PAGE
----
Monday, November 10, 2008


At one point over the weekend, the conversation turned to Barack Obama's appeal to white voters, and the notion of the "magic Negro" came up. Afterward, I went back and read David Ehrenstein's op-ed on the subject from March 2007, which cited Wikipedia's "magical negro" entry.

And it occurred to me that you can plug John McCain into the "magic Negro" template -- or at least John McCain as seen by worshipers in his campaign such as Mark Salter, and perhaps ultimately by McCain himself. You just have to replace the notion of blackness with the notion of five years in the Hanoi Hilton; in the McCain version, the beneficiary is not the white protagonist, but civilian America.

Here's Wikipedia (emphasis added):

The magical negro (sometimes called the mystical negro or magic negro) is a term generally used to describe a supporting, often mystical stock character in fiction who, by use of special insight or powers, helps the white protagonist get out of trouble....

The magical negro is typically but not always "in some way outwardly or inwardly disabled, either by discrimination, disability or social constraint," often a janitor or prisoner. ... He sometimes fits the black stereotype, "prone to criminality and laziness." To counterbalance this, he has some sort of magical power, "rather vaguely defined but not the sort of thing one typically encounters." He is patient and wise, often dispensing various words of wisdom, and is "closer to the earth."...

Patient? Wise? Dispensing various words of wisdom? Closer to the earth? That was the lauded McCain of the town-hall meetings and the endless discussions at the back of the bus.

He's disabled by unhealed injuries. He's been a prisoner. And prior to his imprisonment he was, if not "prone to criminality and laziness," certainly prone to being a troublemaker and a bad boy.

I think the McCain campaign wanted us to believe that surviving Hanoi gave him magical powers -- the power, for instance to go to Washington and ride to the rescue during bailout negotiations, even though he didn't know a damn thing about the economy. (In that instance, McCain himself seemed to believe the myth.)

Curiously, Mark Salter, the McCain speechwriter and book coauthor, includes a magic nonwhite person -- a Native American, not an African-American -- in one of the McCain/Salter book collaborations, as Michael Crowley of The New Republic noted a while back. Remember as you read this that Pete Salter, Mark Salter's father, served in the Korean War, but Mark himself has never worn the uniform.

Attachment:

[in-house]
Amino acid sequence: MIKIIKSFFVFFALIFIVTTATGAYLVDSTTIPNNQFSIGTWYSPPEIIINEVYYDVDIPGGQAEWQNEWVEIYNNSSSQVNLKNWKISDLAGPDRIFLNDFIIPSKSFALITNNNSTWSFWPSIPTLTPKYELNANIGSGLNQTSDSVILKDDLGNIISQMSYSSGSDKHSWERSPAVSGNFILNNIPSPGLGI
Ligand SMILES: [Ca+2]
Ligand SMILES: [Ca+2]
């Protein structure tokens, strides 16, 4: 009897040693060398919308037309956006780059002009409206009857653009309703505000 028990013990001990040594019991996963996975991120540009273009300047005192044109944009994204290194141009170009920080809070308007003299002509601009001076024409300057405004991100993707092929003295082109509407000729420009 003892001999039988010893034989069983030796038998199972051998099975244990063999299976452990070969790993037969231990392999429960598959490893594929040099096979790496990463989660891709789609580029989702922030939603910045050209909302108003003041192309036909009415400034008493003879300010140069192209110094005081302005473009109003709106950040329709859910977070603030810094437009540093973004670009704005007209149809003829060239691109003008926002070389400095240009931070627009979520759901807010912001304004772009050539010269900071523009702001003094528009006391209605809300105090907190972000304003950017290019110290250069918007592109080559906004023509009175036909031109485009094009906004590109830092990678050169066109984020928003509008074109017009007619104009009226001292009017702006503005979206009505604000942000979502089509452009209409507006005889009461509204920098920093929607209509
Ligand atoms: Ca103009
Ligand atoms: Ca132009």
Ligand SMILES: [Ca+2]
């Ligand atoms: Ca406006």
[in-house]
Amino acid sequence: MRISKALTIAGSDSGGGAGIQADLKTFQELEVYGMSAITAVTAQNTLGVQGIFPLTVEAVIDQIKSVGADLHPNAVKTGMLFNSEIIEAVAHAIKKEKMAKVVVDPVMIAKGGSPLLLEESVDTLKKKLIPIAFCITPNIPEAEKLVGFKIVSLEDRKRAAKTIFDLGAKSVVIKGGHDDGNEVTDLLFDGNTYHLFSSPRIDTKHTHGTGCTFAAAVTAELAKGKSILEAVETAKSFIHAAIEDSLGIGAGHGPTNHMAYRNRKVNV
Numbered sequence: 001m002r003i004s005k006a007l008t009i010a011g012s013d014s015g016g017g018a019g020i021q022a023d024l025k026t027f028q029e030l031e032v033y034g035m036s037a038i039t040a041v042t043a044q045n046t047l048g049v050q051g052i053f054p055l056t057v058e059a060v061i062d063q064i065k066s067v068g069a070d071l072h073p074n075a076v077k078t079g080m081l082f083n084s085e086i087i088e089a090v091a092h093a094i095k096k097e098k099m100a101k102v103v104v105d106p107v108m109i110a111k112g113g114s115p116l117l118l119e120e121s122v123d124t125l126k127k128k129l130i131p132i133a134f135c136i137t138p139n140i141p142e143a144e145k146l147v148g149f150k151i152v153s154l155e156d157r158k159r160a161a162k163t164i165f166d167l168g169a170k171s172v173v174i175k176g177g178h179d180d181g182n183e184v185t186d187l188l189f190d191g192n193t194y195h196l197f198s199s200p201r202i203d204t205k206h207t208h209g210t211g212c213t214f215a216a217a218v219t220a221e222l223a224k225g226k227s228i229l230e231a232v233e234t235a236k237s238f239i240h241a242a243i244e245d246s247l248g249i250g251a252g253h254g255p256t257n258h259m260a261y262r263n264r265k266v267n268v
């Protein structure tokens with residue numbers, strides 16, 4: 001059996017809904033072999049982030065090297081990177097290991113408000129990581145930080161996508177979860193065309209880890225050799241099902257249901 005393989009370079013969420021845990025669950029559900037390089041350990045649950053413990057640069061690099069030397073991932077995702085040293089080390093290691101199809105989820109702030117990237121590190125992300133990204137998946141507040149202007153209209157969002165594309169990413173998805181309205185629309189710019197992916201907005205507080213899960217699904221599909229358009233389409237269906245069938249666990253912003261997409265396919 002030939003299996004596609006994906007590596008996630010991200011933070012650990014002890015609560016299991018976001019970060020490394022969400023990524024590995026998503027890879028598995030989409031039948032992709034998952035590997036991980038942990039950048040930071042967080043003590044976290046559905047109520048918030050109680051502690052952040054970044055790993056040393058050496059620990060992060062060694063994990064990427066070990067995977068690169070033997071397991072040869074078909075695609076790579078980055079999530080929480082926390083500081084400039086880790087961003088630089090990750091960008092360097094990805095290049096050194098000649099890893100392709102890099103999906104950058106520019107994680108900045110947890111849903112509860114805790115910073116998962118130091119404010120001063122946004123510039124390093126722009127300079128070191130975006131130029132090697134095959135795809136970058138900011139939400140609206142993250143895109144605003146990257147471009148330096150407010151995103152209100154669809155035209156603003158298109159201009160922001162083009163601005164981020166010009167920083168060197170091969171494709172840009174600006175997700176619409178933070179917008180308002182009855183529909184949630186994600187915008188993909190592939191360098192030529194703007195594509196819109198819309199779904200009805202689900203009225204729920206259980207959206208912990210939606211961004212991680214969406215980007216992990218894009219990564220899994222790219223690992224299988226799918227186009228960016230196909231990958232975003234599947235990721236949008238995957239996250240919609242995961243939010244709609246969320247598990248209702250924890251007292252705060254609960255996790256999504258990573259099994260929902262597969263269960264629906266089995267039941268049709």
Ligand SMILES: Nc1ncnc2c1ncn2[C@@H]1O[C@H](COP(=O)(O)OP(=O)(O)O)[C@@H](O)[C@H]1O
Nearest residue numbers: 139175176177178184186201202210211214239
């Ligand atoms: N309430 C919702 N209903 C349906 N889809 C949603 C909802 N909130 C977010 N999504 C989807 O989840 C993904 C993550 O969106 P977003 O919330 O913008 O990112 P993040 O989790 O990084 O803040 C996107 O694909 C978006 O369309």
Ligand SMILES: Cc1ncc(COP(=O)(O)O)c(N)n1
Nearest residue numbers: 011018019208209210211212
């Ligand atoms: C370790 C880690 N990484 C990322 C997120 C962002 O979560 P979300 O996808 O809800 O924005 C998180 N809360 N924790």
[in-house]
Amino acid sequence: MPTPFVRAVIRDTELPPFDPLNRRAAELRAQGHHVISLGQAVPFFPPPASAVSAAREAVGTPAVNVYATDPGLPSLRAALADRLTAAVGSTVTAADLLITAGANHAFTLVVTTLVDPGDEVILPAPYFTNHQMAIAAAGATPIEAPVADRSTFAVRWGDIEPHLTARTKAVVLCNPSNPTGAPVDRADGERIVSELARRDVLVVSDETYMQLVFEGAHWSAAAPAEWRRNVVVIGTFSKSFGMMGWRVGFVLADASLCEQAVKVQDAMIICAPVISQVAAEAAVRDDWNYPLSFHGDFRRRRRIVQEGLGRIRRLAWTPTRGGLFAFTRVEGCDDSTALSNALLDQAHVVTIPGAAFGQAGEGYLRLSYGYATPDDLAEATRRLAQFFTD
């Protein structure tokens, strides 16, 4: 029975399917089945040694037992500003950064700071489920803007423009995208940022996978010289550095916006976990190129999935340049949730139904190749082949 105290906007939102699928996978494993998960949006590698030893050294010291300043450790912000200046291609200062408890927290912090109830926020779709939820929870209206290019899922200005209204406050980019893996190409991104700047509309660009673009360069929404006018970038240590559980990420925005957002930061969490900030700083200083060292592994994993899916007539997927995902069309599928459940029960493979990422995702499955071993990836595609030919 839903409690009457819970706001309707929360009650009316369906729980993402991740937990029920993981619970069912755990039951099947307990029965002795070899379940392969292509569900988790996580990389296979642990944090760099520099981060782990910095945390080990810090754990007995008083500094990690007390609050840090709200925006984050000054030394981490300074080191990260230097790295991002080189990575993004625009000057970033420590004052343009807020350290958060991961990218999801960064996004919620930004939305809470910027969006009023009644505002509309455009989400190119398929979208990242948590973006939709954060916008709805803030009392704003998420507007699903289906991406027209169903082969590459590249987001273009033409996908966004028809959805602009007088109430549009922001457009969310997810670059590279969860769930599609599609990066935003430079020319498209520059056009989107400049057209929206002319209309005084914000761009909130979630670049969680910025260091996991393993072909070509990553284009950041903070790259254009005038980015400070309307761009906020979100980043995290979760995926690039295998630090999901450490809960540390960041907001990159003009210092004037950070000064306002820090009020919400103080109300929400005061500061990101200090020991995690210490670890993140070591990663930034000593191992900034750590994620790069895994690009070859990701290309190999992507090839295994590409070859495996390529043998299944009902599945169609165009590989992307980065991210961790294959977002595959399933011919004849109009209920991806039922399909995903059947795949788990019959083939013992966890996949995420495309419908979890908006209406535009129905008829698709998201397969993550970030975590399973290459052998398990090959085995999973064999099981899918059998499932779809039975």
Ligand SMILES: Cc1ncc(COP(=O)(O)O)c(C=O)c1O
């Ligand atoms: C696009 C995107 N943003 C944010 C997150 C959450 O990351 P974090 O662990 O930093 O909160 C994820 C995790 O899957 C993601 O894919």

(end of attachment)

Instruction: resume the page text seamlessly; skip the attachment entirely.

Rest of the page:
The book [Why Courage Matters] reveals how Pete Salter fought alongside a Native American corporal named Mitchell Red Cloud, a minor hero of Army history. During a brutal battle with Chinese soldiers near Chonghyon, Korea, Red Cloud was severely injured but insisted on staying behind to give his retreating comrades cover. At his urging, Pete Salter tied his wounded comrade to a tree so he could continue firing while others escaped.

... Pete Salter died in 1999, but, according to some friends, Mark has not been fatherless. "McCain is his dad--that's how he feels about it," says one Salter friend. (Salter himself rejects such talk.)

Salter's writing about his father makes clear that he, like McCain, is keenly aware of his ties to a past legacy, to an era of U.S. wars now fading into mythology. Thanks to Red Cloud, he wrote, Pete Salter "owed his life, and all that came of his life, including his children, to another man's courage ... he knew [that debt] would survive him and be carried by his descendants."...

Perhaps, to Salter, McCain isn't his father -- McCain is Red Cloud, someone whose valor in the sacrifice of his life (even though, magically, he's still alive) could make all us noncombatants better people.

Oh, and by the way: in Salter's account, his father ties Red Cloud to a tree -- Red Cloud passed nobility to his white comrade as he was about to die. In fact, the U.S. Army's version of the story is somewhat different:

With utter fearlessness [Red Cloud] maintained his firing position until severely wounded by enemy fire. Refusing assistance he pulled himself to his feet and wrapping his arm around a tree continued his deadly fire again, until he was fatally wounded.

So perhaps Red Cloud didn't magically pass valor to his comrade Pete Salter, the way Mark Salter hoped, in vain, that McCain would pass it to America.


AND: Excellent point made by Aimai in comments, McCain was once supposed to be the GOP's "sacrificial elder king," serving one term until the next era of "new, young, vigorous republican domination." You should definitely read her comment in its entirety.

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